Another important element of a comprehensive set of specialty solutions is the ability to manage patients regardless of where they receive medications: home, doctor’s office, hospital, clinic or any other location. Providing consistent, coordinated care across all treatment locations allows us to treat the specialty patient, not just the pharmacy drug utilizer. Patients benefit through better coordination of care. Plan sponsors benefit through better visibility to the most clinically sound and cost-effective channels.” (page 31)
Cancer care is the biggest target, since 78% of cancer specialty spending occurs in the medical benefit. (See the table on page 40.) The Medco acquisition brings some important capabilities, as I discuss in Cancer Care and the Future of PBMs.

Part of this solution involves white-bagging (per New Data on Specialty Pharmacy’s Challenge to Buy-and-Bill), while another part involves distribution to providers via CuraScript Specialty Distribution (SD). I estimate that Curascript SD is the third-largest specialty distributor behind AmerisourceBergen’s subsidiaries and McKesson Specialty. (See Exhibit 4 of the 2011-12 Economic Report on Pharmaceutical Wholesalers and Specialty Distributors.)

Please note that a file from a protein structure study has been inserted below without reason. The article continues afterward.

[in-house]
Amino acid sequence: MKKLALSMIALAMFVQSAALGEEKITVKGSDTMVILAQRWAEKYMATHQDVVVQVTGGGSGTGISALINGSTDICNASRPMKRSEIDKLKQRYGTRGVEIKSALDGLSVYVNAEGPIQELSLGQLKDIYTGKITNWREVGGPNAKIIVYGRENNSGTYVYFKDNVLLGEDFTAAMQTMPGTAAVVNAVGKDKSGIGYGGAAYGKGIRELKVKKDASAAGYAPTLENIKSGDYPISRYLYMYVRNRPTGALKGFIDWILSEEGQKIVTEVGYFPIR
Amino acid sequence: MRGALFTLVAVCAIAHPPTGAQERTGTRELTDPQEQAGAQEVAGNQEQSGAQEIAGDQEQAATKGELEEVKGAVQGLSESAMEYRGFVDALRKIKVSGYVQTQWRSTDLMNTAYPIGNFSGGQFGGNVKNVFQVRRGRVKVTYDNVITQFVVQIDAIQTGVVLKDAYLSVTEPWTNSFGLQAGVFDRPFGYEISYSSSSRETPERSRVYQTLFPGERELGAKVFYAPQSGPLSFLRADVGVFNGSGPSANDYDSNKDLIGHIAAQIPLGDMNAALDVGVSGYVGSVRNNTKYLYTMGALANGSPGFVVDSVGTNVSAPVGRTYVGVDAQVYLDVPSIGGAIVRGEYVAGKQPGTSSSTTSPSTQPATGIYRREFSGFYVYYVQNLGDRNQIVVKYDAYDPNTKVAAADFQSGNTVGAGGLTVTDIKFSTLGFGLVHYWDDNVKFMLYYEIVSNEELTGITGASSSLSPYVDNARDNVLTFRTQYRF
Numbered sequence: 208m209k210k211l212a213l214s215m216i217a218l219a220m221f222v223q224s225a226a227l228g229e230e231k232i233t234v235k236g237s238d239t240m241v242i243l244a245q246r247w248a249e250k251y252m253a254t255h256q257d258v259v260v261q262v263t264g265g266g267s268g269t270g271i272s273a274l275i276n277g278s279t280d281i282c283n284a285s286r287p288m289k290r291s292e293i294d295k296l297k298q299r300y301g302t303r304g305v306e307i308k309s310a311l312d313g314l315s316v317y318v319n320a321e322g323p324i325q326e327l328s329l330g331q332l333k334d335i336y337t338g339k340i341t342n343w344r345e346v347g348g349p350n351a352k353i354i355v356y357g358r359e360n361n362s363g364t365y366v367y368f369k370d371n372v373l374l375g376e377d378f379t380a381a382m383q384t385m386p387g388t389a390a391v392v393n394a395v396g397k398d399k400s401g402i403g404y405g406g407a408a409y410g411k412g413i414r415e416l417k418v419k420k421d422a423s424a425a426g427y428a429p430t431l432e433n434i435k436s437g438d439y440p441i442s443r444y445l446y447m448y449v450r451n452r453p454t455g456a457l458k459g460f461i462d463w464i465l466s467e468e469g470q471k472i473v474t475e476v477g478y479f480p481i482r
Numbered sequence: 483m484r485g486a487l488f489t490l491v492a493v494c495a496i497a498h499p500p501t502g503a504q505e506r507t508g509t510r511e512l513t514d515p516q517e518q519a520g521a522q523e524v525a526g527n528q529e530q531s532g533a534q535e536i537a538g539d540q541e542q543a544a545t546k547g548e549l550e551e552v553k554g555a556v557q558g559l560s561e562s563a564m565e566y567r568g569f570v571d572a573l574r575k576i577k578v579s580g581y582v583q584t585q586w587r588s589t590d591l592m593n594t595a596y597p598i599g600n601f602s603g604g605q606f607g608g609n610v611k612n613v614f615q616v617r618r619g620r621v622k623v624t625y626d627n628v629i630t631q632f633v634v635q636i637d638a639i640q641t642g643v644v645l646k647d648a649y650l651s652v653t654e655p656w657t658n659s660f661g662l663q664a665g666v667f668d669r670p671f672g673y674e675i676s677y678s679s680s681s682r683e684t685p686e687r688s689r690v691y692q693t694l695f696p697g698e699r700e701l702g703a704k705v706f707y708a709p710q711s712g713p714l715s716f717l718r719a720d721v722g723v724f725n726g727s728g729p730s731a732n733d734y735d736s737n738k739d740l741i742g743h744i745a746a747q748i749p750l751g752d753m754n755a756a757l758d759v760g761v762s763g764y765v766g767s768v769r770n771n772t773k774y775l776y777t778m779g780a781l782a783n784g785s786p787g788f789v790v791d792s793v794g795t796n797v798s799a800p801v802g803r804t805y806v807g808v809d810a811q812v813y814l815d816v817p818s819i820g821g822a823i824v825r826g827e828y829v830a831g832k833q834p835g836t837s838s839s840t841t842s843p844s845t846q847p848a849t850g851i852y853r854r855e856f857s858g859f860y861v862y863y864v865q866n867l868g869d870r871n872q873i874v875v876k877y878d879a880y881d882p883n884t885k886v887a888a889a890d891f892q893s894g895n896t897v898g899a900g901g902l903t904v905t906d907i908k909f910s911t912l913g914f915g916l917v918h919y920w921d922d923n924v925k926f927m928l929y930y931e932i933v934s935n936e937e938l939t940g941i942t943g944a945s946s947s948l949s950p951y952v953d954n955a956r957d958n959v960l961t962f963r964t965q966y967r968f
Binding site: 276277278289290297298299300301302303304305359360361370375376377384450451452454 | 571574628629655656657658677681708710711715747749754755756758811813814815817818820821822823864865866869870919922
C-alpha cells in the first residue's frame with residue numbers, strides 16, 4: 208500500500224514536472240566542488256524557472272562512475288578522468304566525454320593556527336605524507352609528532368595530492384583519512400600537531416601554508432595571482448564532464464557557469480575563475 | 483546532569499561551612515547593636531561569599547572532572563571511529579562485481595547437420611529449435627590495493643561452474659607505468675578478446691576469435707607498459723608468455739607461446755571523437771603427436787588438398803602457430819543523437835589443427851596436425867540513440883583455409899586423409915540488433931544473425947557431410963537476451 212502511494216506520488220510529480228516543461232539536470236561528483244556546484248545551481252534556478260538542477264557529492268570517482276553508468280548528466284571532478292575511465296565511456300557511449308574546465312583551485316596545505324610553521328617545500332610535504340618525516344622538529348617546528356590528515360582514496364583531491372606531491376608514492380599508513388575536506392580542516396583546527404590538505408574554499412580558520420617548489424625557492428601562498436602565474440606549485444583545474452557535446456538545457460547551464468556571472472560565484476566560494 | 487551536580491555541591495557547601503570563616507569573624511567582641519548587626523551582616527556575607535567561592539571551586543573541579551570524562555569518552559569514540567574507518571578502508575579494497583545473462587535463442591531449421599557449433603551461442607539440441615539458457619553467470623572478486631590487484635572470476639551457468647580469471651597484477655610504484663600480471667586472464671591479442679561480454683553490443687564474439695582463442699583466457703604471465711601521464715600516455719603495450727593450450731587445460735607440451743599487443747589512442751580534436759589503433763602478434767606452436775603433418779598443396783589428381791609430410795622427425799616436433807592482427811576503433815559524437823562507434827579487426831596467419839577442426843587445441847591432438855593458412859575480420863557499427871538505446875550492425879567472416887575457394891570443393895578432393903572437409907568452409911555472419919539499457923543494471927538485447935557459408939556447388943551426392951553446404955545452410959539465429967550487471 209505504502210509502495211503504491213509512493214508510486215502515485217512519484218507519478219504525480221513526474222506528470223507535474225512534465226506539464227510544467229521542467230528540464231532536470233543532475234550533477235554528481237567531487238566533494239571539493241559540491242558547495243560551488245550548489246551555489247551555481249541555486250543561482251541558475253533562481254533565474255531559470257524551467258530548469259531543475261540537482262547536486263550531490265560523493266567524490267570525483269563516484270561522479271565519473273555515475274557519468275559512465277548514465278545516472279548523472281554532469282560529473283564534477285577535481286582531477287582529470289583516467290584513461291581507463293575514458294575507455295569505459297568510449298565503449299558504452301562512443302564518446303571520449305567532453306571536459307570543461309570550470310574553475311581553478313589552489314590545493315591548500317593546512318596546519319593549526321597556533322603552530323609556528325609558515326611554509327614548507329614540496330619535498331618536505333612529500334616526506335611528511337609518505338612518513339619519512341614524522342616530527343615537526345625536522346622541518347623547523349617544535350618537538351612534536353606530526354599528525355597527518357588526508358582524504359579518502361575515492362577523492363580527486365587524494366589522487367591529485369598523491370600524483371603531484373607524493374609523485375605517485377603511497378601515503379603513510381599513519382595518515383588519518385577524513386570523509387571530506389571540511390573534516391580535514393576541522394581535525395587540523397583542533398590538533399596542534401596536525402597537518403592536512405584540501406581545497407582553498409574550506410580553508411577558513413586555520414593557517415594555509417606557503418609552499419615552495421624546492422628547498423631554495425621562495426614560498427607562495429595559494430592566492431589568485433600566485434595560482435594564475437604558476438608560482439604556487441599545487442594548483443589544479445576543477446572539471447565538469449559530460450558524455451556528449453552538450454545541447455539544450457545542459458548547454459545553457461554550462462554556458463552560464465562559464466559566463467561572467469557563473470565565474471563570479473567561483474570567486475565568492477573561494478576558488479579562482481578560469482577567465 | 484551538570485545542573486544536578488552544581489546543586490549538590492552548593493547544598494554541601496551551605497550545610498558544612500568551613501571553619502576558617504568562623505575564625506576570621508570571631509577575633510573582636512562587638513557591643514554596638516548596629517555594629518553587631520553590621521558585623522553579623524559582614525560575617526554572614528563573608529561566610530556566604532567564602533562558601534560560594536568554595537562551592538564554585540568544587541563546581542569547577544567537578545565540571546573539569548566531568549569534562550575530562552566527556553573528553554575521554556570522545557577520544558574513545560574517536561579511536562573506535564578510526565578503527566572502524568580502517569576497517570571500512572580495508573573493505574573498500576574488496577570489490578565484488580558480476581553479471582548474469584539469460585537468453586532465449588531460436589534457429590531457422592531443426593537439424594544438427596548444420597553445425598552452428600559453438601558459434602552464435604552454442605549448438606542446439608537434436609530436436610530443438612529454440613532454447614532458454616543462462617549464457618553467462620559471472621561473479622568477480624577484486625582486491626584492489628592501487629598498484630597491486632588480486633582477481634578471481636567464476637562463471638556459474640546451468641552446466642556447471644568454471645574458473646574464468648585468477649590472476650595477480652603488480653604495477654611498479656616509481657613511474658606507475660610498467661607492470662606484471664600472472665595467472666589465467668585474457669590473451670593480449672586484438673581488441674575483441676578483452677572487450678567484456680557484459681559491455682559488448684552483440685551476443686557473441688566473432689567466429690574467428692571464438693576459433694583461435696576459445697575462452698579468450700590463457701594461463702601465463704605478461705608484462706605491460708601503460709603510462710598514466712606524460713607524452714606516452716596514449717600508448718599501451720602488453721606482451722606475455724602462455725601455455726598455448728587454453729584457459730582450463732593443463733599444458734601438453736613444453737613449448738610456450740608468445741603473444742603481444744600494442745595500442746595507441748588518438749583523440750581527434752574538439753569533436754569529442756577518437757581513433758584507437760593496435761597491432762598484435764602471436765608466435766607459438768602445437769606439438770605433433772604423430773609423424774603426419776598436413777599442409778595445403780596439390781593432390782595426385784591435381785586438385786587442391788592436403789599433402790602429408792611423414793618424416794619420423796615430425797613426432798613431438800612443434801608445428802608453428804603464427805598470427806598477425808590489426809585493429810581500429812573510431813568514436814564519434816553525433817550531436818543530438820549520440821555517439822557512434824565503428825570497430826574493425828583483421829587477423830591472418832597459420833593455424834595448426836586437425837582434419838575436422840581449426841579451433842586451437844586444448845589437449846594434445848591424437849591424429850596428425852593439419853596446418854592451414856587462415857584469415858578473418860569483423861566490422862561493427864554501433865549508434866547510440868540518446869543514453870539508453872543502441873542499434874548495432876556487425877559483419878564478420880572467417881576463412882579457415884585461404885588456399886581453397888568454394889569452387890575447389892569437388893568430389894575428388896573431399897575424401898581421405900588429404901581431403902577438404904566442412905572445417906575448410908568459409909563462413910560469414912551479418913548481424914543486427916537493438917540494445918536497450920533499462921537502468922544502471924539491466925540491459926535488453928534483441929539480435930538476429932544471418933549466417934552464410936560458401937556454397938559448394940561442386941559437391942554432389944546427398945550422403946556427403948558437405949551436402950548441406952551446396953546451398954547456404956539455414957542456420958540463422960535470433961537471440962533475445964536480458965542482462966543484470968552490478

Some providers will discount this grand vision, but Express Scripts is also telling plan sponsors that PBM management will benefit providers. See the discussion on page 33 regarding “Supporting Specialty Providers.” At least one survey found that almost half of oncology practice managers want buy-and-bill to end for infused cancer therapies. See The Future of Buy-and-Bill According to Payers and Oncology Practices.

There is a compelling story, but it’s certainly no slam dunk given how entrenched interests—physicians, health systems, and distributors—may prefer maintain the status quo.


This year's report contains a brief but fascinating discussion of “The Future of Retail Pharmacy Networks,” a.k.a., the Walgreen kerfuffle. Express Scripts clearly states its intention to offer more preferred (but not restricted) network designs, stating:
For release in early 2013, Express Advantage NetworkSM is a new choice-based solution that combines tiered retail networks with member engagement and cost sharing to achieve greater savings for plan sponsors with minimal member noise. With Express Advantage Network, members will still have access to an open network of pharmacies but at higher copayments.” (page 29)
These network models fit comfortably within the Express Scripts “consumerology” framework. Preferred networks use consumer incentives to shift prescription volume into the pharmacies that provide lower costs for the payer. Consumers retain the ability to choose their pharmacy, while being partially exposed to the costs of this choice. Presumably, a consumer is more likely to maintain higher adherence and compliance to medication therapy given this (incentivized) choice.